So what of the church itself? It is a simple single-celled rectangular building with no separation between nave and chancel and with a western tower. The Church Guide puts its building date at 1277. The east window is an Early English style triple lancet and this is the only wall that survives from that time. Pevsner puts it at about 1200 but 1277 is just a plausible. One imagines that Bewcastle was not amongst the first areas to adopt the new-fangled Decorated style! On the other hand, I find it hard to imagine there was no church of any kind on the site between 1092 and 1277 (or 1200 for that matter). Is there a Norman church below?

The church was known to be in a parlous state by 1703. It was rebuilt in 1792 with seventeen feet being shaved off the west end and the western tower was added. It was altered again in 1792 and rebuilt in 1901. So we have a very vanilla and un-historic church sitting on a site of great historical importance and adjoining one of the greatest surviving Anglo-Saxon antiquities!

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Left: The cross from the south west. The west face has three panels with biblical figures, interrupted by another with the runic inscription. The northern face has three panels of Celtic style interlaced decoration interspersed with two of vine scrolls. The second panel from the top incorporates a sundial. Centre: West face bottom panel. The figure is nest to a large bird sitting on a T-shaped perch. In the man’s hand is a stick. The Church Guide prefers the explanation that this is St John the Evangelist with his trademark eagle. But John was usually represented as an eagle not with an eagle. What makes me more sceptical still is the lack of a halo. Surely the sculptor would not have omitted something so important? Christ’s halo on the panel above is very conspicuous. An alternative theory is that this is the Alcfrith whose death is commemorated here. Kings loved their falcons. I lean heavily towards this interpretation. Right: West face central panel. Christ (or certainly a holy figure) holding a scroll and standing on two animals – an adder and a lion according to Pevsner. Note the conspicuous halo!

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Left: West face topmost panel. Thought to be St John the Baptist holding an agnus dei - Lamb of God. I have to admit I can’t see any halo here either. However, this is a much more badly weathered image so I guess that explains it. Centre:  West face bottom panel but one. This is the runic inscription to Alcfrith - €“ conveniently next to Alcfrith’s possible image if you prefer it to the St John the Evangelist theory. The runes are being weathered (and we really should be doing more to protect them, surely?) and not easy to discern. The general interpretation is: “This Victory Cross set up Hwaetred, Olwfwolthu in memory of Alcfrith a king and son of Oswiu. Pray for his soul”€. Right: South face top two panels.  There may have been a runic inscription above this section. The upper panel is simple interlaced decoration. The one below has vine scroll decoration and a sundial of which little is known. There is speculation it may have been recut but this might be the oldest sundial in England.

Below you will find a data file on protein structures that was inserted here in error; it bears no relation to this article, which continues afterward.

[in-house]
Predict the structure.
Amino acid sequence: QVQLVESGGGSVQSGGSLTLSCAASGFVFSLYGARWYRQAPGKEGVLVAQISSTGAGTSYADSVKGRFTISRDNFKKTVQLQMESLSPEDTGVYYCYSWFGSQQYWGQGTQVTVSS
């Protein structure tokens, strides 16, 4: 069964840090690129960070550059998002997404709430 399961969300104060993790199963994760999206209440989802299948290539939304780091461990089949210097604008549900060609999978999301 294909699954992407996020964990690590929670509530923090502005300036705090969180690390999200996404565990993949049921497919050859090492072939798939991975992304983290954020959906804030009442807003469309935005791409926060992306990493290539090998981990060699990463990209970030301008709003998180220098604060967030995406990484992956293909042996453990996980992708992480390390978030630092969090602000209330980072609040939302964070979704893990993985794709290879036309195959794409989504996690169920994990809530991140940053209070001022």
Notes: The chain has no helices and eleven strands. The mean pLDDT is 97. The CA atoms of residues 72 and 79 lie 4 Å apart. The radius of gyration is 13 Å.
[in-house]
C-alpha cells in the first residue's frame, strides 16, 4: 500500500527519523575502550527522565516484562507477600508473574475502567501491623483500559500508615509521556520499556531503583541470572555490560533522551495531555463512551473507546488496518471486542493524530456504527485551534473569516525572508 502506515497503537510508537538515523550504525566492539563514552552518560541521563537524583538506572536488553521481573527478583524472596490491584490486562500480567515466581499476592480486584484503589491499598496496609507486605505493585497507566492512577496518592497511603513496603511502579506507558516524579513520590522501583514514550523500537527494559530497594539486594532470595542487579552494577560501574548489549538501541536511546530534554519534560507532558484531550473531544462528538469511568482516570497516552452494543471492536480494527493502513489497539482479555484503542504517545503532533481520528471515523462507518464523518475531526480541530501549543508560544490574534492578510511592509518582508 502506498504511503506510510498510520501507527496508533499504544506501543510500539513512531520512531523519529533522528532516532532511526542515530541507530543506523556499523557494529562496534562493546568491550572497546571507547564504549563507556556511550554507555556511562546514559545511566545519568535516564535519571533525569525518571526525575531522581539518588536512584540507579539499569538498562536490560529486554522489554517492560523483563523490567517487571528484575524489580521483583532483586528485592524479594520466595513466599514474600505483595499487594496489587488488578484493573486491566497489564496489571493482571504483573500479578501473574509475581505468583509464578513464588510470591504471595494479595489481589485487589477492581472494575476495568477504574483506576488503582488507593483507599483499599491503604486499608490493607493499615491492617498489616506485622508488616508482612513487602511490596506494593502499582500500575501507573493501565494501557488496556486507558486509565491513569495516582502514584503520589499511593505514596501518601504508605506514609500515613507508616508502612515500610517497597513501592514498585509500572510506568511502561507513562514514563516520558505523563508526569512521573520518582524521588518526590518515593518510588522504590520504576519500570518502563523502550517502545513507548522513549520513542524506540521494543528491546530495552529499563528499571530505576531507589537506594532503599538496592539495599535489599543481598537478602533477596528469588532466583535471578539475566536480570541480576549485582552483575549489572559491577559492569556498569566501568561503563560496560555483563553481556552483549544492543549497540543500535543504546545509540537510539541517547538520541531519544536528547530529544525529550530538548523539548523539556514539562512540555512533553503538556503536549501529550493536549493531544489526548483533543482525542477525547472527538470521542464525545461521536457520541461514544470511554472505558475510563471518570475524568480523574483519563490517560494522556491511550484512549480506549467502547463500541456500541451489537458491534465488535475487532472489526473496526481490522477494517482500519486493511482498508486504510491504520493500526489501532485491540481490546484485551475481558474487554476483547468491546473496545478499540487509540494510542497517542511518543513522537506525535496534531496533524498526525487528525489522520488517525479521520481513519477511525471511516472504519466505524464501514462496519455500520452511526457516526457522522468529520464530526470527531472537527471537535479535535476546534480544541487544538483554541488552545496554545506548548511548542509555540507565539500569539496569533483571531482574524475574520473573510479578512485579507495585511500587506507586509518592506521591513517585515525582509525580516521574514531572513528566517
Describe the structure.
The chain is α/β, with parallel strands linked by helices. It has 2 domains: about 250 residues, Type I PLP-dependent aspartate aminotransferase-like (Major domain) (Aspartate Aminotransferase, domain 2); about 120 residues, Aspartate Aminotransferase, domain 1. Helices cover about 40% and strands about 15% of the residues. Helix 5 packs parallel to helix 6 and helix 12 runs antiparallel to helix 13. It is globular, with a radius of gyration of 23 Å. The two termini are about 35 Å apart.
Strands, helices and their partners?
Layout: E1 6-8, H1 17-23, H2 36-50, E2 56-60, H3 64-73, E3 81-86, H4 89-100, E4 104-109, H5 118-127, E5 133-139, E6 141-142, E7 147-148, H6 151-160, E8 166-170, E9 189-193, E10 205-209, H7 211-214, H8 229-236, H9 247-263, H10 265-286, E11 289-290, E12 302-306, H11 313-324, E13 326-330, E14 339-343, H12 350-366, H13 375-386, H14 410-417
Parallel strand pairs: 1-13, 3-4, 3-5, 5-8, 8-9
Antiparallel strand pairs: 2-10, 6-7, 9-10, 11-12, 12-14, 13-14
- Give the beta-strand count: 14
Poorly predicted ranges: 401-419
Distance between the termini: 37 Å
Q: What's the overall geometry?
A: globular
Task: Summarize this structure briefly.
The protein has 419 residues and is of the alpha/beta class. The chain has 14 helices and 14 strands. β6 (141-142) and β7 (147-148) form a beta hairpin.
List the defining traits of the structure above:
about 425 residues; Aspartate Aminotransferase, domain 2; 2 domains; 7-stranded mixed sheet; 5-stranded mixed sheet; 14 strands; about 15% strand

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Left: South face, third and fourth panels from the top. A more elaborate and very Celtic decorative panel above some more vine scrolling. Centre: South face, lowest panel. Some very fine interlaced work Right: The East face has what the Church Guide calls an “inhabited vine scroll”. 

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Three Views of the east face with beasts and birds filling the vine scroll work.

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Left: North face. Under a bright noonday sun, crosses can be well-nigh impossible to photograph satisfactorily and this was the best I could do. This face has another mixture of vine scrolling and interlaced decoration. Curiously, however, the central panel is a chequerboard design that is out of kilter with the imaginative and free-flowing designs elsewhere on the cross. Second Left: The topmost panel with vine  scrolling. Second Right: North face, middle section. The chequerboard pattern predominates. Note the similarity between the interlaced design here and that on the top panel on the south face. Far Right: The lower part of the north face. Note the similarity here between the interlacing with that at the base of the south face.

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Left: The interior of the church looking east. There is no separate chancel area. This is very much a post-reformation church. Right: The interior looking west. It has a west gallery presumably from the 1794 rebuilding when such things were very fashionable. The church may not be ancient but it is a pleasant one and hard not to like. Mind you, I was there on a glorious sunny day. The whole site must be pretty bleak on a wet, windy day - and those days are from unusual in these parts! Hpw, one wonders, must legionaries from the Mediterranean have fared here?